According to a list compiled by ABS-CBNNews.com, the Philippines tops the charts for the World’s 10 Worst Maritime Disasters in the last 20 years.
The Philippines is no. 1 in the charts courtesy of the infamous “Sulpicio Lines” with the MV Doña Paz. 4 other sunken vessels were from Sulpicio lines including the recent Princess of the Stars tragedy.
The ranking was based on Vector collision in terms of number of casualties in a single maritime disaster. But three of the top maritime disasters in the past two decades happened in Indonesia.
1. MV Doña Paz (Philippines, December 20, 1987)
Passenger vessel MV Doña Paz collided with MT Vector, an oil tanker, along the Tablas Strait, between Mindoro and Marinduque. The collision ignited some 8,800 barrels of petroleum products that Vector was carrying at the time, causing a fire that rapidly engulfed the tanker and the Doña Paz. Subsequent investigations into the incident found that Dona Paz exceeded its passenger and cargo limits and that the Vector’s boat license had expired. Casualties reached 4,375.
2. MV Joola (Senegal, September 26, 2002)
The disaster happened within five minutes after MV Joola sailed to a sea of storm in the coast of Gambia. Various reasons for the disaster were cited, among them overcrowding, and negligence by management as the ship was not originally designed for sea faring. Death toll totaled 1,863.
3. MV al-Salam Boccaccio 98 (Red Sea, February 3, 2006)
Faulty drainage pumps and unpredictable weather were some of the reasons cited for the sinking of MV al-Salam Boccacio 98, a Roll-on/Roll-off ferry, into the depths of the Red Sea. Survivors and eye witnesses said a fire started at the storage area and, as the ship turned, it capsized and eventually sank. 1,018 passengers died in the disaster.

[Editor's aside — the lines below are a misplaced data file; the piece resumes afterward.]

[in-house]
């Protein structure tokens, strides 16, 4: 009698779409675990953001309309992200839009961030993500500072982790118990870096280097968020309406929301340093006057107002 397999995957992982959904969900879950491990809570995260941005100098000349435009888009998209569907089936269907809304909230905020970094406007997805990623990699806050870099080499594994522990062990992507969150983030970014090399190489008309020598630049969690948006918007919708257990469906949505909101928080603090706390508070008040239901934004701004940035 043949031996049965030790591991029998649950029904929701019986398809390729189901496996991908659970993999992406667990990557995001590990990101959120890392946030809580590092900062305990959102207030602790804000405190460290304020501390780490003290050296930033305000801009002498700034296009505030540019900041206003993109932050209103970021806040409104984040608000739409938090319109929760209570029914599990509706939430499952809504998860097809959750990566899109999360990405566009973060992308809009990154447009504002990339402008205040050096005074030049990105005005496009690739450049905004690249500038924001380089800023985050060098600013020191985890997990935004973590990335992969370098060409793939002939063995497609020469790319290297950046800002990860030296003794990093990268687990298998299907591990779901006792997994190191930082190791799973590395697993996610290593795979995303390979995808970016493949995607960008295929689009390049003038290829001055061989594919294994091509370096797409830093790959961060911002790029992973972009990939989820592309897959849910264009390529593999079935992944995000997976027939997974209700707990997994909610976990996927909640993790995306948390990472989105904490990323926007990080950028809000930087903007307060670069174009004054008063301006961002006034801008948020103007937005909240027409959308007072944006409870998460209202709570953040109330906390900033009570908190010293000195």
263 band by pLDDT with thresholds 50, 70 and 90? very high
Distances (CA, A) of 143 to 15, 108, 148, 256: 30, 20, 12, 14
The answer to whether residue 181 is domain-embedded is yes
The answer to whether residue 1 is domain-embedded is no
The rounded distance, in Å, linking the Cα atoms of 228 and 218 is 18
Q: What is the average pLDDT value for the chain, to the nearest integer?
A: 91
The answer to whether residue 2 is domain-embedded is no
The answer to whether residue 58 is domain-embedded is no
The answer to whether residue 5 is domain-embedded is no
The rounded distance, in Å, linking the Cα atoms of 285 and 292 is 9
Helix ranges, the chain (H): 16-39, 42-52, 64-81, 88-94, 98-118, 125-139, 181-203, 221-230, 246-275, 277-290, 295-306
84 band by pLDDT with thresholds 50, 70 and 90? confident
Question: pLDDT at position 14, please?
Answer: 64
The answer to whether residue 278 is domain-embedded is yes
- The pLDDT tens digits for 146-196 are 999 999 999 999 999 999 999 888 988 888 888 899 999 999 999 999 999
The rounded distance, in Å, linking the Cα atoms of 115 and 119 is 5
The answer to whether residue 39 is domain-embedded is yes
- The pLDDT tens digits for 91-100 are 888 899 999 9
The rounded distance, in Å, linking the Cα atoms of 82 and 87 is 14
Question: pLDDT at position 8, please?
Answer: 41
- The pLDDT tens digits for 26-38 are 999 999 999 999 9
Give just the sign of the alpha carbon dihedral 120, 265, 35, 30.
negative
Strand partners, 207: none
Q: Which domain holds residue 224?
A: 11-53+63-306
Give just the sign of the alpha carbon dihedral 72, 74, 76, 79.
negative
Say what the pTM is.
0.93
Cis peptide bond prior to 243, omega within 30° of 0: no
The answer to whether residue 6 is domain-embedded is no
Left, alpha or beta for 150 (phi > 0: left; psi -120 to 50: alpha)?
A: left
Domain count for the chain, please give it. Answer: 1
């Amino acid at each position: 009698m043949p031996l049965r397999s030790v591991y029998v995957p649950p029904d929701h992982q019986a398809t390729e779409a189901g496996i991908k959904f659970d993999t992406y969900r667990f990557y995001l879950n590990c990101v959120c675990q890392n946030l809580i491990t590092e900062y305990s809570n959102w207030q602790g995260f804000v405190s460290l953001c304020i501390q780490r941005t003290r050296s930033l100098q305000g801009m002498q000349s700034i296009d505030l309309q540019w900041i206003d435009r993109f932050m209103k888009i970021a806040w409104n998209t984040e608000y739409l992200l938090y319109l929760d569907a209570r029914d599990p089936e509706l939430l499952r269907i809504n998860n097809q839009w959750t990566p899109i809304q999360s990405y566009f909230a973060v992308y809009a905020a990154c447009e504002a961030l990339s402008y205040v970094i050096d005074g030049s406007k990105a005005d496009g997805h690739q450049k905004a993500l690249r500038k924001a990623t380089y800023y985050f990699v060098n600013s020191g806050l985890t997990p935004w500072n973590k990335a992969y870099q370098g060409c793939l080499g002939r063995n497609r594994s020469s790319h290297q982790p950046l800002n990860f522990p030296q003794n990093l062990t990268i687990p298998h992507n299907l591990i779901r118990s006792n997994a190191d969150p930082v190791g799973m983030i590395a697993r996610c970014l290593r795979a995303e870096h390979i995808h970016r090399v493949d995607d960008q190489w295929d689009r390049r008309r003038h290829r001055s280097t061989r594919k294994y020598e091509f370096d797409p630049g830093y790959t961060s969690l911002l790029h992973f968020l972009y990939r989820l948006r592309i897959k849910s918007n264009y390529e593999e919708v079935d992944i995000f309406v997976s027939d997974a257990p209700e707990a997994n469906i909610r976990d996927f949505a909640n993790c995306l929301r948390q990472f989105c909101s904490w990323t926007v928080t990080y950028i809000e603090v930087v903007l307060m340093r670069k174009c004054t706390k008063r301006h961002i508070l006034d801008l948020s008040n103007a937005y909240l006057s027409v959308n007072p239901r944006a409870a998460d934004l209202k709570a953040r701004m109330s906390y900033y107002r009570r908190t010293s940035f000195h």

4. MV Bukoba (Lake Victoria, Tanzania, May 21, 1996)
The passenger steamer MV Bukoba sank in Lake Victoria causing 894 casualties while en route to Mwanza, a city in Tanzania. The steamer was already in bad shape before the voyage. It was also found out that the steamer was overcrowded.
5. MS Estonia (Baltic Sea, September 28, 1994)
The locks on the bow visor and bad weather caused this cruise-ferry’s demise. A total of 852 were killed during the tragedy.
6. KM Cahaya Bahari (Indonesia, June 29, 2000)
A total of 550 deaths were recorded after a storm hit and eventually capsized Cahaya Bahari, an Indonesian wooden-hulled ship, off the island of Sulawesi. The ship was overcrowded with refugees fleeing from the Maluku islands.
7. MV Nazreen 1 (Bangladesh, July 8, 2003)
The overcrowded MV Nazreen I sank at the confluence of the Padma, Meghna, and Dakana rivers, considered one of the most dangerous parts of the river from July to October. Casualties were counted at 528 although there’s no recorded number of passengers aboard.
8. Salem Express (Egypt, December 15, 1991)
The Salem Express, a roll-on/roll-off ferry sank off Safaga in the Red Sea as it was crossing the treacherous Hyndman Reefs. Because of the storm, the ship hit a reef, causing the bow visor to open, creating a hole on the starboard side. Water penetrated the ship which eventually sank in 20 minutes. Deaths were counted at 464.
9. MV Senopati Nusantara (Indonesia, December 30, 2006)
The Indonesian ferry sank due to a violent storm off Mandalika Island in the Java Sea. One survivor said that the ship rolled over before it submerged to the depths. Deaths were counted at 461.
10. KM Bismas Raya 2 (Indonesia, October 1999)
KM BIsmas Raya 2 caught fire while off Merauke, Irian Jaya. It eventually capsized and caused the death of 361 people.
For the World’s Worst Maritime Disasters for all time, Poland tops the list with the German liner Wilhelm Gustloff laden with refugees was torpedoed by a Soviet submarine in 1945. About 7,800 people were killed.
The Philippines’ MV Doña Paz disaster ranks 10th overall for the all-time list with about 4,375 people killed.